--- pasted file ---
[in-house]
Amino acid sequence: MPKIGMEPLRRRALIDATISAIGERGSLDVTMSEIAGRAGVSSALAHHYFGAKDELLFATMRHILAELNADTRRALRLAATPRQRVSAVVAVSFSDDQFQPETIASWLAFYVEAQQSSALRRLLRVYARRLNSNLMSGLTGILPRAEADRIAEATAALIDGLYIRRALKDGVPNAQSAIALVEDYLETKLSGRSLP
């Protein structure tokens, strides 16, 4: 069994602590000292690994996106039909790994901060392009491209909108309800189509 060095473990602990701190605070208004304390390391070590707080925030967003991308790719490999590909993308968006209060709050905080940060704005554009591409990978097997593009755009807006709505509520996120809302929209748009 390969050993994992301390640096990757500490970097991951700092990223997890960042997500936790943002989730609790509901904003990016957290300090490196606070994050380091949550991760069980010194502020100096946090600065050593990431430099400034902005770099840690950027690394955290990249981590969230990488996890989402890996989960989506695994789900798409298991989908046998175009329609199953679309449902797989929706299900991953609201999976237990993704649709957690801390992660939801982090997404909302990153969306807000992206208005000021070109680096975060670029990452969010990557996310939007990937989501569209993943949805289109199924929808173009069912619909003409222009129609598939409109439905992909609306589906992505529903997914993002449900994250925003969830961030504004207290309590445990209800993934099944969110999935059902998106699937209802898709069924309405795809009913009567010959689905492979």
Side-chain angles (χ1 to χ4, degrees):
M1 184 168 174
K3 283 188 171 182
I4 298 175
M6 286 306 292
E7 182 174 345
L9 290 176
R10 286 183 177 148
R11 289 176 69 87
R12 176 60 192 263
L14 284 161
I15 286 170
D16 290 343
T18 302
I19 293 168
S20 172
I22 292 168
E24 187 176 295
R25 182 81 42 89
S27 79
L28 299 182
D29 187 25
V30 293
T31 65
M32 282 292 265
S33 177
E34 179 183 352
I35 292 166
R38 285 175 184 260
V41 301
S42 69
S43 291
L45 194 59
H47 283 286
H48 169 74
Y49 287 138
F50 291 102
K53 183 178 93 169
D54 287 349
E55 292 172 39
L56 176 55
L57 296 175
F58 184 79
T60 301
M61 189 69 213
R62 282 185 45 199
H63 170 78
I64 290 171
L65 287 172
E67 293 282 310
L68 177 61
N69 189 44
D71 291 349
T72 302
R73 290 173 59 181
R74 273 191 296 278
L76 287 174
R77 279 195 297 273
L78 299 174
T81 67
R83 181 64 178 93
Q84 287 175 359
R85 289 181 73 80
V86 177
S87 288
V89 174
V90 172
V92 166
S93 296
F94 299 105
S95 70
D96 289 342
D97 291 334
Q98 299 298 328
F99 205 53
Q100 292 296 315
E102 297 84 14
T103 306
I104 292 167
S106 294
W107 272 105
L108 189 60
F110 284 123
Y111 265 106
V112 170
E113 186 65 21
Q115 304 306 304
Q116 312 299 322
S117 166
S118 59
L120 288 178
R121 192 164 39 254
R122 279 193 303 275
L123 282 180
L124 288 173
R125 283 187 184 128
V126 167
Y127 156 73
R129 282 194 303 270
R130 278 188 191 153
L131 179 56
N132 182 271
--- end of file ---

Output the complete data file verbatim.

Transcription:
[in-house]
Amino acid sequence: MPKIGMEPLRRRALIDATISAIGERGSLDVTMSEIAGRAGVSSALAHHYFGAKDELLFATMRHILAELNADTRRALRLAATPRQRVSAVVAVSFSDDQFQPETIASWLAFYVEAQQSSALRRLLRVYARRLNSNLMSGLTGILPRAEADRIAEATAALIDGLYIRRALKDGVPNAQSAIALVEDYLETKLSGRSLP
């Protein structure tokens, strides 16, 4: 069994602590000292690994996106039909790994901060392009491209909108309800189509 060095473990602990701190605070208004304390390391070590707080925030967003991308790719490999590909993308968006209060709050905080940060704005554009591409990978097997593009755009807006709505509520996120809302929209748009 390969050993994992301390640096990757500490970097991951700092990223997890960042997500936790943002989730609790509901904003990016957290300090490196606070994050380091949550991760069980010194502020100096946090600065050593990431430099400034902005770099840690950027690394955290990249981590969230990488996890989402890996989960989506695994789900798409298991989908046998175009329609199953679309449902797989929706299900991953609201999976237990993704649709957690801390992660939801982090997404909302990153969306807000992206208005000021070109680096975060670029990452969010990557996310939007990937989501569209993943949805289109199924929808173009069912619909003409222009129609598939409109439905992909609306589906992505529903997914993002449900994250925003969830961030504004207290309590445990209800993934099944969110999935059902998106699937209802898709069924309405795809009913009567010959689905492979």
Side-chain angles (χ1 to χ4, degrees):
M1 184 168 174
K3 283 188 171 182
I4 298 175
M6 286 306 292
E7 182 174 345
L9 290 176
R10 286 183 177 148
R11 289 176 69 87
R12 176 60 192 263
L14 284 161
I15 286 170
D16 290 343
T18 302
I19 293 168
S20 172
I22 292 168
E24 187 176 295
R25 182 81 42 89
S27 79
L28 299 182
D29 187 25
V30 293
T31 65
M32 282 292 265
S33 177
E34 179 183 352
I35 292 166
R38 285 175 184 260
V41 301
S42 69
S43 291
L45 194 59
H47 283 286
H48 169 74
Y49 287 138
F50 291 102
K53 183 178 93 169
D54 287 349
E55 292 172 39
L56 176 55
L57 296 175
F58 184 79
T60 301
M61 189 69 213
R62 282 185 45 199
H63 170 78
I64 290 171
L65 287 172
E67 293 282 310
L68 177 61
N69 189 44
D71 291 349
T72 302
R73 290 173 59 181
R74 273 191 296 278
L76 287 174
R77 279 195 297 273
L78 299 174
T81 67
R83 181 64 178 93
Q84 287 175 359
R85 289 181 73 80
V86 177
S87 288
V89 174
V90 172
V92 166
S93 296
F94 299 105
S95 70
D96 289 342
D97 291 334
Q98 299 298 328
F99 205 53
Q100 292 296 315
E102 297 84 14
T103 306
I104 292 167
S106 294
W107 272 105
L108 189 60
F110 284 123
Y111 265 106
V112 170
E113 186 65 21
Q115 304 306 304
Q116 312 299 322
S117 166
S118 59
L120 288 178
R121 192 164 39 254
R122 279 193 303 275
L123 282 180
L124 288 173
R125 283 187 184 128
V126 167
Y127 156 73
R129 282 194 303 270
R130 278 188 191 153
L131 179 56
N132 182 271